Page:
Turkish presidency vows measures to 'regulate' foreign funding of media outlets

The Turkish presidency is ramping up measures on media crackdown, signaling upcoming steps to “regulate” local media outlets that receive foreign funds. Presidential communication director Fahrettin Altun said that the measures will “protect the public order and the right of people to receive true news.”

Duvar English

Turkey's presidential communication director Fahrettin Altun has signaled that the government is preparing to take steps to “regulate” the foreign funding of media organizations, in an attempt what he said “to protect the public order and the right of people to receive true news.”

“We will not allow for fifth column activities under new guises. It is obvious that there is a need for a regulation towards media institutions that are operating in our country with the funds of foreign states or institutions,” Altun told state-run Anadolu Agency on July 21.

“In an environment in which some foreign leaders have explicitly announced their intentions and efforts to politically design Turkish politics, we cannot interpret the provision of various funds of any foreign state or institution to the media sector independent of interests and targets in question,” Altun said, vowing to “complete the necessary regulations as soon as possible.”

Several journalists slammed the presidency over its announcement saying these funds are obtained through legal means and the government has been always aware of them.  

"Has the Communications Directorate just heard that funds are received from NGOs in the EU, Europe or US? These funds are not received through secret, illegal ways; they are received in line with the laws and the state knows every cent of it. Those receiving and those giving it do not hide it. When has this been a crime?" journalist Güventürk Görgülü wrote on Twitter. 

Altun's announcement came after Odatv said on July 21 that a U.S.-based foundation was providing funds for some opposition media outlets in Turkey, pointing the finger to Medyasope and its founder Ruşen Çakır, among others.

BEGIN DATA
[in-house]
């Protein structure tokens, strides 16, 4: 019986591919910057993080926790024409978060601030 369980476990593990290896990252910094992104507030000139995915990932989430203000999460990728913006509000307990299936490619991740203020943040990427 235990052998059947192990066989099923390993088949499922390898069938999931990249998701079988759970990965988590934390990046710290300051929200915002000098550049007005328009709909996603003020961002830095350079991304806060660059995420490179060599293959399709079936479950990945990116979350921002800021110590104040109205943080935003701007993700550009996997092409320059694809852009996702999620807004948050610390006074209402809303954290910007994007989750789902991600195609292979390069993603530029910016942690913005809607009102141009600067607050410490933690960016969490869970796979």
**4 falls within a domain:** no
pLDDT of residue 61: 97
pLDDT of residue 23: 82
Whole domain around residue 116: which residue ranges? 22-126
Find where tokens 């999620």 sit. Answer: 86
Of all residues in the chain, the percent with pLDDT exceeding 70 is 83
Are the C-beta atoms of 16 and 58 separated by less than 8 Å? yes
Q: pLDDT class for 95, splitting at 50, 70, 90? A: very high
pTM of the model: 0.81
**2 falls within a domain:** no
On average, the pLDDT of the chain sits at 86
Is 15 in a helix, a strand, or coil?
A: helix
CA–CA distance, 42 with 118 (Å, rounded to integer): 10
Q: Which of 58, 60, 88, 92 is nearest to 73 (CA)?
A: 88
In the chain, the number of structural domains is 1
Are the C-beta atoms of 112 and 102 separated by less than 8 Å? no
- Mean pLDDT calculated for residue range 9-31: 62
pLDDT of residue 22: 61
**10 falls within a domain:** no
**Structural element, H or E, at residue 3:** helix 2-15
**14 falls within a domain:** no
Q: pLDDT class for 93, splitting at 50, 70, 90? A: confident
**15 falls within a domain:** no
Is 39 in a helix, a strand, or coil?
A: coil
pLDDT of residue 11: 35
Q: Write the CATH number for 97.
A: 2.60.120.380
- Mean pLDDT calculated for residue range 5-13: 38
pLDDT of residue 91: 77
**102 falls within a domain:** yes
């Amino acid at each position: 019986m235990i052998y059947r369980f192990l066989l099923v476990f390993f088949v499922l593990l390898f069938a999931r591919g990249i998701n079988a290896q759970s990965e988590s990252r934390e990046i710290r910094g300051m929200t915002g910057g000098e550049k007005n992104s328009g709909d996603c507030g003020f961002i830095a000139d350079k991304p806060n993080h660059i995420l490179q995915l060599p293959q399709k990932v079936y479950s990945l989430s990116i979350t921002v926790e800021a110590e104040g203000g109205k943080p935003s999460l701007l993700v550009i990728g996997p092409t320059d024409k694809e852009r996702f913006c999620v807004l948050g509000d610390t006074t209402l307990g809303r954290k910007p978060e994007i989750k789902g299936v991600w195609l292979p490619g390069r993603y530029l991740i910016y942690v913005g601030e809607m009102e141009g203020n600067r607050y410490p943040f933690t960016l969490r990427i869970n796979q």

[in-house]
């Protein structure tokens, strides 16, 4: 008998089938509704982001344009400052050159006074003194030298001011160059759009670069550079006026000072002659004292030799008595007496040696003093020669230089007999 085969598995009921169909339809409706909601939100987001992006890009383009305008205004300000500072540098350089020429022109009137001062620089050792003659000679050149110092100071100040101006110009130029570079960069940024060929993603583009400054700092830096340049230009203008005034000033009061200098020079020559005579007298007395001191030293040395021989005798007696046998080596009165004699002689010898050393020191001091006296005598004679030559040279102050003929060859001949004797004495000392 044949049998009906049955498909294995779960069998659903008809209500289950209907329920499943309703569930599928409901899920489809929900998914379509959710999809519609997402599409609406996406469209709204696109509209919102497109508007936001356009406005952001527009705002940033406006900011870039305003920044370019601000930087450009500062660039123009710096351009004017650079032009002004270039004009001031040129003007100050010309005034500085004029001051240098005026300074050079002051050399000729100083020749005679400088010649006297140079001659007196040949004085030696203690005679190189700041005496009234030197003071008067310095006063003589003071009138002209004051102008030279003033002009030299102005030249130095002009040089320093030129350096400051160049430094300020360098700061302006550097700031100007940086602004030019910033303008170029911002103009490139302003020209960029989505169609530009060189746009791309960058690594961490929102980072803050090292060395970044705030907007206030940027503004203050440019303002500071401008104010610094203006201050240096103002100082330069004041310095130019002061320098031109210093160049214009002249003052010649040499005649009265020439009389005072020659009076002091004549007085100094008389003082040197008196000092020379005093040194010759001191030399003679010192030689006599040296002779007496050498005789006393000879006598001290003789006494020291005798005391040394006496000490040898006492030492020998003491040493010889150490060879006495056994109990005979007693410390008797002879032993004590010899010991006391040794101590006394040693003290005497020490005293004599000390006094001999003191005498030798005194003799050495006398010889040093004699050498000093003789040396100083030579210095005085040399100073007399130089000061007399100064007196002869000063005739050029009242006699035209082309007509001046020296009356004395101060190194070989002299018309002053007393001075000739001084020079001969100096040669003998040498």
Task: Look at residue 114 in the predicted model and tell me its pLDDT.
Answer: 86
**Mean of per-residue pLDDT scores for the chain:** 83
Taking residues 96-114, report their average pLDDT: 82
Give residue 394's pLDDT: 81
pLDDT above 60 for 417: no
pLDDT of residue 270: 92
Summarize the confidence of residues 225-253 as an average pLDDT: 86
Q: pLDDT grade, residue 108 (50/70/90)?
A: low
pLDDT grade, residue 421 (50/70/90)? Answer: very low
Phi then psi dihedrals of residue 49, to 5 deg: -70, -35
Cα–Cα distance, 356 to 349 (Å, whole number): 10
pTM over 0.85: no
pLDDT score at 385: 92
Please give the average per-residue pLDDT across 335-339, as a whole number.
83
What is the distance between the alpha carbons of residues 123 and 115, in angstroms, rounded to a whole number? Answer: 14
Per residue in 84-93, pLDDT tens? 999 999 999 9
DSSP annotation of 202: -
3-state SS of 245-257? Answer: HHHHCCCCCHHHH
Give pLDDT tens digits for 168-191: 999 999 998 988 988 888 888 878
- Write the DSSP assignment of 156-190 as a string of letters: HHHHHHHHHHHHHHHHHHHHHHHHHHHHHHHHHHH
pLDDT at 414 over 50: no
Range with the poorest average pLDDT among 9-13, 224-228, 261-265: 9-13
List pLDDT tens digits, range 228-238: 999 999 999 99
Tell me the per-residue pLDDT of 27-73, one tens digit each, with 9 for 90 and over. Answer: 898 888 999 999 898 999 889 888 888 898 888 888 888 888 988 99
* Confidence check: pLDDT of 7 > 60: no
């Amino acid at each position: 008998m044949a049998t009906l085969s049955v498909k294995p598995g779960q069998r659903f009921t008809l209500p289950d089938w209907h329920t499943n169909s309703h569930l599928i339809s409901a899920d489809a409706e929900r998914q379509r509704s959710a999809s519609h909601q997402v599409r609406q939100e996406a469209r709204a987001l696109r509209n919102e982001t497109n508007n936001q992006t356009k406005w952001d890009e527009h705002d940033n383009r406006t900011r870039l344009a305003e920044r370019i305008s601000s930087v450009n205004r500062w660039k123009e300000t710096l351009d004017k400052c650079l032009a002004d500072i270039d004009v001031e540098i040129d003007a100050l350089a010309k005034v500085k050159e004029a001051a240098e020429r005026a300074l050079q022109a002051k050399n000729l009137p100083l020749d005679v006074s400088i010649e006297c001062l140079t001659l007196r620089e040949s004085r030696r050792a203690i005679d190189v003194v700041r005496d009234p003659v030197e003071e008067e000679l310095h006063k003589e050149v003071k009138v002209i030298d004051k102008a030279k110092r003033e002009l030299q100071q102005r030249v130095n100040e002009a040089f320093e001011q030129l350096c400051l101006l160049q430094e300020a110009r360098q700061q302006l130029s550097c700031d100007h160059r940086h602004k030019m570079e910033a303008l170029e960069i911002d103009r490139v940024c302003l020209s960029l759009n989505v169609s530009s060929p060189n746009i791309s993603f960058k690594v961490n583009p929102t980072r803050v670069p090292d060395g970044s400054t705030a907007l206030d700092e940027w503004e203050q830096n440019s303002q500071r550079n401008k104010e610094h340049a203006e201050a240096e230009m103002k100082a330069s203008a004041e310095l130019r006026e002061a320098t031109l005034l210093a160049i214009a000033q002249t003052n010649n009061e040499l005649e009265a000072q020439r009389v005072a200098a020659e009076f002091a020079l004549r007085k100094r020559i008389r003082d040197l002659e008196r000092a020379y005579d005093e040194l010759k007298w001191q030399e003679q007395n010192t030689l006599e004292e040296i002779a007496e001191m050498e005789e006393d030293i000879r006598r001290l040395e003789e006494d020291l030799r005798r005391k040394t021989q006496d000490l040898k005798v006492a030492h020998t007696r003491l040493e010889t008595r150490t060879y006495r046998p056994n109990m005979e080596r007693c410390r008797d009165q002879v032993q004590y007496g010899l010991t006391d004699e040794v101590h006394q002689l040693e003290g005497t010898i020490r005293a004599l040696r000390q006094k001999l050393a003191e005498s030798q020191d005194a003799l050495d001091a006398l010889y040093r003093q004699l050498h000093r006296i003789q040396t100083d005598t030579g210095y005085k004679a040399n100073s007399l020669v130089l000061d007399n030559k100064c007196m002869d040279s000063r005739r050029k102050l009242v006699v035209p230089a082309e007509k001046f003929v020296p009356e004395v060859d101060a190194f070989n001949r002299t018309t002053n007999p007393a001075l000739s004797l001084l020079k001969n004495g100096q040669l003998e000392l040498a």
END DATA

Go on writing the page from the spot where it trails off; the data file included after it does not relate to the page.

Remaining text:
Many journalists and people on social media reacted against Odatv's report, saying it had shown Medyascope and other media outlets as targets. 

"It is immoralist and dishonorable to show a journalist as a target who has been revealing on his own internet site every fund that he uses, who does not spend any of it for himself and spends all of it to ensure that Medyascope stays independent," journalist Ünsal Ünlü wrote on Twitter, referring to Odatv's mentioning of Çakır in its July 20 report. 

The severity of the Turkish government's repression of the media is such that it has been described by several experts as the “death of journalism.”

The crackdown on press freedom in the country has prompted millions to resort to independent media outlets or social media as alternative ways to receive news.

These platforms provide an essential tool for independent journalists in the country to do their work, many of whom were dismissed from their jobs at media outlets that were either taken over by government-aligned businesses or forcibly closed following the failed coup attempt of 2016.

Activists and NGOs have been slamming the government over its censorship of the media, saying it is obliged to ensure the right to freedom of expression and access to information.